Collaborative Modeling to Compare Different Breast Cancer Screening Strategies: A Decision Analysis for the US Preventive Services Task Force

IMPORTANCE The effects of breast cancer incidence changes and advances in screening and treatment on outcomes of different screening strategies are not well known. OBJECTIVE To estimate outcomes of various mammography screening strategies. DESIGN, SETTING, AND POPULATION Comparison of outcomes using 6 Cancer Intervention and Surveillance Modeling Network (CISNET) models and national data on breast cancer incidence, mammography performance, treatment effects, and other-cause mortality in US women without previous cancer diagnoses. EXPOSURES Thirty-six screening strategies with varying start ages (40, 45, 50 years) and stop ages (74, 79 years) with digital mammography or digital breast tomosynthesis (DBT) annually, biennially, or a combination of intervals. Strategies were evaluated for all women and for Black women, assuming 100% screening adherence and “real-world” treatment. MAIN OUTCOMES AND MEASURES Estimated lifetime benefits (breast cancer deaths averted, percent reduction in breast cancer mortality, life-years gained), harms (false-positive recalls, benign biopsies, overdiagnosis), and number of mammograms per 1000 women. RESULTS Biennial screening with DBT starting at age 40, 45, or 50 years until age 74 years averted a median of 8.2, 7.5, or 6.7 breast cancer deaths per 1000 women screened, respectively, vs no screening. Biennial DBT screening at age 40 to 74 years (vs no screening) was associated with a 30.0%breast cancer mortality reduction, 1376 false-positive recalls, and 14 overdiagnosed cases per 1000 women screened. Digital mammography screening benefits were similar to those for DBT but had more false-positive recalls. Annual screening increased benefits but resulted in more false-positive recalls and overdiagnosed cases. Benefit-to-harm ratios of continuing screening until age 79 years were similar or superior to stopping at age 74. In all strategies, women with higher-than-average breast cancer risk, higher breast density, and lower comorbidity level experienced greater screening benefits than other groups. Annual screening of Black women from age 40 to 49 years with biennial screening thereafter reduced breast cancer mortality disparities while maintaining similar benefit-to-harm trade-offs as for all women. CONCLUSIONS This modeling analysis suggests that biennial mammography screening starting at age 40 years reduces breast cancer mortality and increases life-years gained per mammogram. More intensive screening forwomen with greater risk of breast cancer diagnosis or death can maintain similar benefit-to-harm trade-offs and reduce mortality disparities.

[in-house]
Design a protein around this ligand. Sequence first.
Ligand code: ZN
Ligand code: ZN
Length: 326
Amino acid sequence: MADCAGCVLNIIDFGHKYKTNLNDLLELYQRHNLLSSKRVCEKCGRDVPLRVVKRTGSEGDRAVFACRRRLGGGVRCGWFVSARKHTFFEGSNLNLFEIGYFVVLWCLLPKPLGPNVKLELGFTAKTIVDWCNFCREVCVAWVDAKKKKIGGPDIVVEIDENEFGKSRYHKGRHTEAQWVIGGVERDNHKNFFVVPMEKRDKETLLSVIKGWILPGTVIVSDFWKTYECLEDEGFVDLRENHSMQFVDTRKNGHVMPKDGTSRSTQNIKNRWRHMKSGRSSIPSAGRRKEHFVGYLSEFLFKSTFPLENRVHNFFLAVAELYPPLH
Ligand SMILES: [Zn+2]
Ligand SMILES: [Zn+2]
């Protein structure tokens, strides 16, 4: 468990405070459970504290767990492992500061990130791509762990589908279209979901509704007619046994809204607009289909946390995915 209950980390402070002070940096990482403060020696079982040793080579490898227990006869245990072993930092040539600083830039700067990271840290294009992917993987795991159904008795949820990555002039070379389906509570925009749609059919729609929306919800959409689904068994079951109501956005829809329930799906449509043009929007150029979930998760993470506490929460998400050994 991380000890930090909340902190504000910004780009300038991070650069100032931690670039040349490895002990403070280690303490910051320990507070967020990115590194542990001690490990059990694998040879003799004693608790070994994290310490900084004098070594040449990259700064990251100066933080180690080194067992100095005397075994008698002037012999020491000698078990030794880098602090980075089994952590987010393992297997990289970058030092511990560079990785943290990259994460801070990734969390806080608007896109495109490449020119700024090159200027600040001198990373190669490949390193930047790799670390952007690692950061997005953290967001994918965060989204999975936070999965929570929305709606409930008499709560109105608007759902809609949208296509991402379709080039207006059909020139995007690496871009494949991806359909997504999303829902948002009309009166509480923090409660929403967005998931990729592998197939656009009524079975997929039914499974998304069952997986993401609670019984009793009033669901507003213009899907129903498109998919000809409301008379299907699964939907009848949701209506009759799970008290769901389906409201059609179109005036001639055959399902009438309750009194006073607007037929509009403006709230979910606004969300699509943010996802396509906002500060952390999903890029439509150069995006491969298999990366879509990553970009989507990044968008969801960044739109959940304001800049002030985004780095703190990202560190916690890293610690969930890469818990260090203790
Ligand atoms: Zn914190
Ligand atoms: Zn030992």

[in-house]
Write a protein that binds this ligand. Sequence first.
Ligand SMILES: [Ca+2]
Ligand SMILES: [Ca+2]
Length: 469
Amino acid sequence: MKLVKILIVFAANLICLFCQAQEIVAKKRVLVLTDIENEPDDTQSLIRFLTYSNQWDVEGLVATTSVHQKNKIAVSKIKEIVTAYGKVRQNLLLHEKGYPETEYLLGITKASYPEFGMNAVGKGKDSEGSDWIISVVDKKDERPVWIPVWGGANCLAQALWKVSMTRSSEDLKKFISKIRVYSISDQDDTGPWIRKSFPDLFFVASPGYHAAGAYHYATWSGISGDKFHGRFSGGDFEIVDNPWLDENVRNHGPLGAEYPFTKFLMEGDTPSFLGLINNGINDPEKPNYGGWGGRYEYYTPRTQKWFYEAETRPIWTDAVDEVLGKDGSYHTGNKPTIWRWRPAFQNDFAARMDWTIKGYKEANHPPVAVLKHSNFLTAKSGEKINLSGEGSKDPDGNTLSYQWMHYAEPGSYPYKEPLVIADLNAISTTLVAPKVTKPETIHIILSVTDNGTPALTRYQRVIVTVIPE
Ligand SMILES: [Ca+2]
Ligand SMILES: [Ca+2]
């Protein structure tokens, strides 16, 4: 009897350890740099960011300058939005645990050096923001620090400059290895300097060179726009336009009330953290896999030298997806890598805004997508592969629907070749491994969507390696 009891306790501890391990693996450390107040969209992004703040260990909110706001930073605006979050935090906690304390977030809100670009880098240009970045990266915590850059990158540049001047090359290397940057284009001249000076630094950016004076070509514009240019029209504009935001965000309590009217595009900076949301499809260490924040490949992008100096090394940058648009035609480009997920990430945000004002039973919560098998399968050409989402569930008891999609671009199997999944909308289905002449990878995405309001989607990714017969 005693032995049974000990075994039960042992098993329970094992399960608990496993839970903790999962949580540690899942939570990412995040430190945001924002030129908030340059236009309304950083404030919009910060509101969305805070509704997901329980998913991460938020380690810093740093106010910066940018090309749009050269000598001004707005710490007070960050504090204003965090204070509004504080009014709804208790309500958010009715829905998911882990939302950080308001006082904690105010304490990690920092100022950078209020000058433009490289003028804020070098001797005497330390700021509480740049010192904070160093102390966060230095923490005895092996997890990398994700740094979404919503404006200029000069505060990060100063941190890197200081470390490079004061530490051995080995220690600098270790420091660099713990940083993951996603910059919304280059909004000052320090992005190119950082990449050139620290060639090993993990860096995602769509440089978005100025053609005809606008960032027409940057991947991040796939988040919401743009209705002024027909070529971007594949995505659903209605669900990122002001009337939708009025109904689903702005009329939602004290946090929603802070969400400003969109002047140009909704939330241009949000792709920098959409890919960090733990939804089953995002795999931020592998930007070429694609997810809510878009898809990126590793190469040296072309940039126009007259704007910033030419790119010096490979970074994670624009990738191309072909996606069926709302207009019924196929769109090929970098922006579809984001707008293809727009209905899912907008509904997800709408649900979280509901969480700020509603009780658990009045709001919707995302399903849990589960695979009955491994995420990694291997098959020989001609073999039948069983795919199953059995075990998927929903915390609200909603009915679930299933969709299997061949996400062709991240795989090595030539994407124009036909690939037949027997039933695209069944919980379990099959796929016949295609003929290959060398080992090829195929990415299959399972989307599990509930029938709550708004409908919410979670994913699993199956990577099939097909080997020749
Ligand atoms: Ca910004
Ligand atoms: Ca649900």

COVID-19 Pandemic Impacts on Behavioral and Emotional Health of Young Children with Autism

Objective To test our initial hypotheses that the COVID-19 pandemic was associated with: (1) decreases in adaptive behavior and increases in behavioral and emotional problems of children with autism; (2) greater impacts for those who lost specialty services; and (3) greater behavioral and emotional problems for children with autism versus control participants. Method Eligible participants (N=1,158) enrolled in Phase 3 of the multi-site, case-control Study to Explore Early Development (SEED) prior to March 31, 2020, between 2-5 years old and completed follow-up assessments between January-July 2021. Caregivers completed a COVID-19 Impact Assessment Questionnaire, Vineland Adaptive Behavior Scales (VABS), and Child Behavior Checklist (CBCL) for 274 children with autism and 385 control participants. Results Mean VABS communication scores of children with autism decreased significantly (-4.2; standard deviation [SD], 10.5) between pre-pandemic and pandemic periods, while VABS composite (+2.0; SD, 9.0), daily living (+5.5; SD, 11.4), socialization (+2.3; SD, 10.0), and CBCL scores (-3.2; SD, 8.4) improved. In contrast, CBCL scores worsened in population control participants (+3.4; SD, 8.8). Children with autism who missed specialty appointments scored significantly lower on the VABS during the pandemic versus those who did not (VABS Composite 70.6; 95% confidence interval [CI]: 68.8-72.4 vs. 74.5; 95% CI: 71.8-77.2). Conclusion While stay-at-home policies of the pandemic may have beneficially impacted daily living skills, socialization, and behavioral and emotional wellbeing of children with autism, benefits may have occurred at the cost of communication skills. These findings indicate the need for strategies to maintain therapeutic services in future emergency settings.